The City and Township of Grand Haven are located on the western side of the State of Michigan and sit along the scenic shoreline of Lake Michigan. Grand Haven’s coastal areas offer recreational, cultural, and environmental benefits to the community through a network of wetlands, beaches, sand dunes, and sensitive habitats. Homes along the shoreline are high-quality and high-value, and residents living in the near-shore area enjoy an exceptional quality of life defined by the coast.
However, coastal jurisdictions along the Great Lakes face a unique set of issues that require careful long-term management and careful policy solutions to properly address. While the Great Lakes provide enormous aesthetic and economic value, they are also dynamic systems that endanger, at times, those who live and play along their shores. As the water levels of the Great Lakes fluctuate annually and decadally, homes and infrastructure built along the shoreline can be at risk during times of high standing water levels and storms. During prolonged periods of low standing water levels, encroaching development can restrict the natural movement of wetlands, dunes, and other coastal systems, causing irreparable environmental damage. A range of government staff and departments are needed to fully protect development, human health, and sensitive natural resources in the near shorelands, and often local officials do not have access to the depth of information and data needed to make wise decisions.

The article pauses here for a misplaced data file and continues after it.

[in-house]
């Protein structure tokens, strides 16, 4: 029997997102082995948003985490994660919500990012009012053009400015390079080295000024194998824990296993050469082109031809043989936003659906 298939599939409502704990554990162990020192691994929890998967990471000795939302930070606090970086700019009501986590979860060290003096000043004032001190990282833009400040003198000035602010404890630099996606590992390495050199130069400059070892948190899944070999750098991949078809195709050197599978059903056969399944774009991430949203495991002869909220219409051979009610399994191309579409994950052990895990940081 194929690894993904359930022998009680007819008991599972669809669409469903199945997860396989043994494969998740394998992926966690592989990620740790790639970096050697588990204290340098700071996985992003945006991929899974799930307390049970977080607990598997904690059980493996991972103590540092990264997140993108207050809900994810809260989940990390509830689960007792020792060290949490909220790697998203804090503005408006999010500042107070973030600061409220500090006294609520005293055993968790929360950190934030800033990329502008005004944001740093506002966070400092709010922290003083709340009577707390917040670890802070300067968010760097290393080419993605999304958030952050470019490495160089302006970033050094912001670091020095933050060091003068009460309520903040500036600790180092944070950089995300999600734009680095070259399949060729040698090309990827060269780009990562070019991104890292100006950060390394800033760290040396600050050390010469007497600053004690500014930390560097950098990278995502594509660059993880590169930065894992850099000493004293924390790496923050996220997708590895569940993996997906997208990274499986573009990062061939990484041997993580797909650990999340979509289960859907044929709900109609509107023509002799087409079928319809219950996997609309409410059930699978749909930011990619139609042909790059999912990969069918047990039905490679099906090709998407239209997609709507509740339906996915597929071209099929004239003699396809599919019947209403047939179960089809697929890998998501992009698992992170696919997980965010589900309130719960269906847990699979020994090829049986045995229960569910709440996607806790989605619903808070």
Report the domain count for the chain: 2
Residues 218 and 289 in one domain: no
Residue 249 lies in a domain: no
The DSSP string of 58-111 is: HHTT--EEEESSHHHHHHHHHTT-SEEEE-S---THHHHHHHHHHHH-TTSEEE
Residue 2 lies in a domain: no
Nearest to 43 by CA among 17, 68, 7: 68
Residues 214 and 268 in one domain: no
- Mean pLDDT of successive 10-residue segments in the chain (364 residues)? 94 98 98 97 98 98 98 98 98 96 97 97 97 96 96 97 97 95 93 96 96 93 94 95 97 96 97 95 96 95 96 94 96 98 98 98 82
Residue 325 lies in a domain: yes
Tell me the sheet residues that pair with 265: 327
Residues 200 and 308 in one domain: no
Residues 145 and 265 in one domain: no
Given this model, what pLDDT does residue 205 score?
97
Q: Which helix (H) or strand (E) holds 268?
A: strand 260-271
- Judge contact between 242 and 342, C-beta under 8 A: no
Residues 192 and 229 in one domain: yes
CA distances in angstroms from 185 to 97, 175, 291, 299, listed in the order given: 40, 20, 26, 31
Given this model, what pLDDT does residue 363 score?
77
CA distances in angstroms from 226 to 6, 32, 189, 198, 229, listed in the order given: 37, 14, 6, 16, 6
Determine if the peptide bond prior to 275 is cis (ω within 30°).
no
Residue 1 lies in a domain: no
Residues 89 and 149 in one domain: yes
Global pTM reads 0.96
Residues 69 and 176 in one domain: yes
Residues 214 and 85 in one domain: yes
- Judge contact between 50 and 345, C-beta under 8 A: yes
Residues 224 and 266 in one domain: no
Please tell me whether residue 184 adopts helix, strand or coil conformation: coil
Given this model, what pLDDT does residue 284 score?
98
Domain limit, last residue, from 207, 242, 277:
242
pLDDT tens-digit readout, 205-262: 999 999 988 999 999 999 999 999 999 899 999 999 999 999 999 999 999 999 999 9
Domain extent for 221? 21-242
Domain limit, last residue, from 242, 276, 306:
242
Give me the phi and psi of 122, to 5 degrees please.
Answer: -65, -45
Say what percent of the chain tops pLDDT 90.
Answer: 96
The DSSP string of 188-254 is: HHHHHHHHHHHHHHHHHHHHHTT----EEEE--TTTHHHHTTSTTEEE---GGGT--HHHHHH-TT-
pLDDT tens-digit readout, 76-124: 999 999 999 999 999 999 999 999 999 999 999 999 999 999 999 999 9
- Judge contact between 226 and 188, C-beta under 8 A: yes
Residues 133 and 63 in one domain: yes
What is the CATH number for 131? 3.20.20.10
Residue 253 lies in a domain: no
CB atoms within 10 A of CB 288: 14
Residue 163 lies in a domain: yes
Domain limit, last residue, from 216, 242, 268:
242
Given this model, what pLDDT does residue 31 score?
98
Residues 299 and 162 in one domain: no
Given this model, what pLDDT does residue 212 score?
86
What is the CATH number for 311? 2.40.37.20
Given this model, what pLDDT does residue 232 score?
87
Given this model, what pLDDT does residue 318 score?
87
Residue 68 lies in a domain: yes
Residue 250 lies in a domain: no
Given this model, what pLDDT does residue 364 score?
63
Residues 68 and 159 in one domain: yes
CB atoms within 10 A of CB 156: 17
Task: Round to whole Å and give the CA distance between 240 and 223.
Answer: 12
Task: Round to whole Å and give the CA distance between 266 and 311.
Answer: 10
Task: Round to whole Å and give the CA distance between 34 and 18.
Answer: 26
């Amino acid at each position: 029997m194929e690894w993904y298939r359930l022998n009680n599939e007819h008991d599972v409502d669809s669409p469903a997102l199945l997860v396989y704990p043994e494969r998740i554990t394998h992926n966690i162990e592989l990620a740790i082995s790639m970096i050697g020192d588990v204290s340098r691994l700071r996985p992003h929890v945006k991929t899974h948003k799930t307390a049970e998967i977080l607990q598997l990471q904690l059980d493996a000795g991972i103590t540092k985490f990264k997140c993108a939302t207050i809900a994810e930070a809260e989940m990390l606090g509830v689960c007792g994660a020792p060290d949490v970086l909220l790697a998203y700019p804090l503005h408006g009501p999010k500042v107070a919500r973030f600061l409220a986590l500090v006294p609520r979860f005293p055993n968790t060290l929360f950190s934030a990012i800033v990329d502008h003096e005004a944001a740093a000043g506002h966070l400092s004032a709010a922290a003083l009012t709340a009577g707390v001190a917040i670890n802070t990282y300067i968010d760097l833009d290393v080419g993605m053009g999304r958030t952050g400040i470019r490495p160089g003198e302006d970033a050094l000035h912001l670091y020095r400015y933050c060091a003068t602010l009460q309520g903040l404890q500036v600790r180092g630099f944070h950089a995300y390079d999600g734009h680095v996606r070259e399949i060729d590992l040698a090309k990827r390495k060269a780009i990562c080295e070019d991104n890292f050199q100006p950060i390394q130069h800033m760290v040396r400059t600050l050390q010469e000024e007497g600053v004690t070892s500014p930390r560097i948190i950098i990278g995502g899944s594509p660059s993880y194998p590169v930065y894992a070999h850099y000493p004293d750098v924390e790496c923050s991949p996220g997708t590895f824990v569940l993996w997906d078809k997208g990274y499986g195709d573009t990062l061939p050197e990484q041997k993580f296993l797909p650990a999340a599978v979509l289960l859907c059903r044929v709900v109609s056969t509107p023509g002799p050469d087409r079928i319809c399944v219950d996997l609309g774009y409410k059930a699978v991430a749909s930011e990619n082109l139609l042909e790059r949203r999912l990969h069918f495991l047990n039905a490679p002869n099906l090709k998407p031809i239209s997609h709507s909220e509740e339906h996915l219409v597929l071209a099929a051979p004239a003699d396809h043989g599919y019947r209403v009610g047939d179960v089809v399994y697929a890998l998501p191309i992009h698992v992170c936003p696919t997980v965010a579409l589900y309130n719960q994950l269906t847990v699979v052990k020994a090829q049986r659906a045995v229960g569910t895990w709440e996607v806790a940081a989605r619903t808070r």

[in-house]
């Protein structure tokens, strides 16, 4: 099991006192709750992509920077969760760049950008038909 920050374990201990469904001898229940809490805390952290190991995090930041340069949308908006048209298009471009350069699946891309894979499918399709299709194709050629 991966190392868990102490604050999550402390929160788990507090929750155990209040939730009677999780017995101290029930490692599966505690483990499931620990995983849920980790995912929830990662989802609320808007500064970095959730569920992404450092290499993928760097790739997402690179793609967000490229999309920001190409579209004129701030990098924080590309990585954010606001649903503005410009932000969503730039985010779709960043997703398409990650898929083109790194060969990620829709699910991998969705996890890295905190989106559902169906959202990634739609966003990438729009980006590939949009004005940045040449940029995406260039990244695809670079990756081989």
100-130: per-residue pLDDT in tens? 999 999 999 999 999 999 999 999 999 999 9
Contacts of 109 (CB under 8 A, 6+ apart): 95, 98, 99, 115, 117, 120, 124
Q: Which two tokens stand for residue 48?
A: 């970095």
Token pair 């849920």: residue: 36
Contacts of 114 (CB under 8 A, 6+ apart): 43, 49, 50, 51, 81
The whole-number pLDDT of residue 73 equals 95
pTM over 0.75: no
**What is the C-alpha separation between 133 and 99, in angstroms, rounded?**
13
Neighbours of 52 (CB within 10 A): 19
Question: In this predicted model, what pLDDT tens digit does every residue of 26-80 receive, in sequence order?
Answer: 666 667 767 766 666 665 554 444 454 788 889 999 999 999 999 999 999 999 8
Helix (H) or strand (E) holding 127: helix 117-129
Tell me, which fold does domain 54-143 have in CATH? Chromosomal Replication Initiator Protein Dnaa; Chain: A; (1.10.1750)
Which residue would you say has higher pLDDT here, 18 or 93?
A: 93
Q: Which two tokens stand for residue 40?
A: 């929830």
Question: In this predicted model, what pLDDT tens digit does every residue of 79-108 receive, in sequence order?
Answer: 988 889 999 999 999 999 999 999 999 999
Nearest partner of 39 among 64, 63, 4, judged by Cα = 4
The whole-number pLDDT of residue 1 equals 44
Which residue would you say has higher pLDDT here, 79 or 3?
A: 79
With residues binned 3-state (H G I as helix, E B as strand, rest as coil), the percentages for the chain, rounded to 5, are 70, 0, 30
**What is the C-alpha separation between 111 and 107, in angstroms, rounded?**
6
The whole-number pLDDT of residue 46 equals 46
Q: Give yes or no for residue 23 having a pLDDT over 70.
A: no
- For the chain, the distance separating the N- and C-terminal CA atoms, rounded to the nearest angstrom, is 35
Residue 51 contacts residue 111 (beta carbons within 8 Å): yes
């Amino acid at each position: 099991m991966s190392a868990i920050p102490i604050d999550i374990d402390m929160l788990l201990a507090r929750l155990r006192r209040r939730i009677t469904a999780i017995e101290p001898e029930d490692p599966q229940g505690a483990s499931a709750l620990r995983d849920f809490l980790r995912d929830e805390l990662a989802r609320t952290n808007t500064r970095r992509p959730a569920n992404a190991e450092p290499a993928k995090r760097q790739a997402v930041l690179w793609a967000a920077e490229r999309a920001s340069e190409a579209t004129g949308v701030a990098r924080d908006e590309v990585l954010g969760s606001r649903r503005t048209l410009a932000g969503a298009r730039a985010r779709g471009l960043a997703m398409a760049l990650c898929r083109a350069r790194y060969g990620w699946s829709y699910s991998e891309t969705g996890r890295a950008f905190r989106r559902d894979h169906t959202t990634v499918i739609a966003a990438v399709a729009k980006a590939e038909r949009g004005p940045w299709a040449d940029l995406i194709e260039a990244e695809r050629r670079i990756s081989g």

The reports below for the City of Grand Haven and Grand Haven Charter Township are the result of a research project titled Developing Land Use Regulations and Infrastructure Policies to Implement Great Lakes Shoreland Area Management Plans, conducted from January to December of 2016. The purpose of the project was to develop a range of policy options that each local government might consider adopting in order to better protect their coastal areas and to address challenges related to changing water levels on the Great Lakes. These reports outline challenges identified by local officials and summarize policy options that the two communities might adopt in order to protect their coastal areas through various policies and ordinances.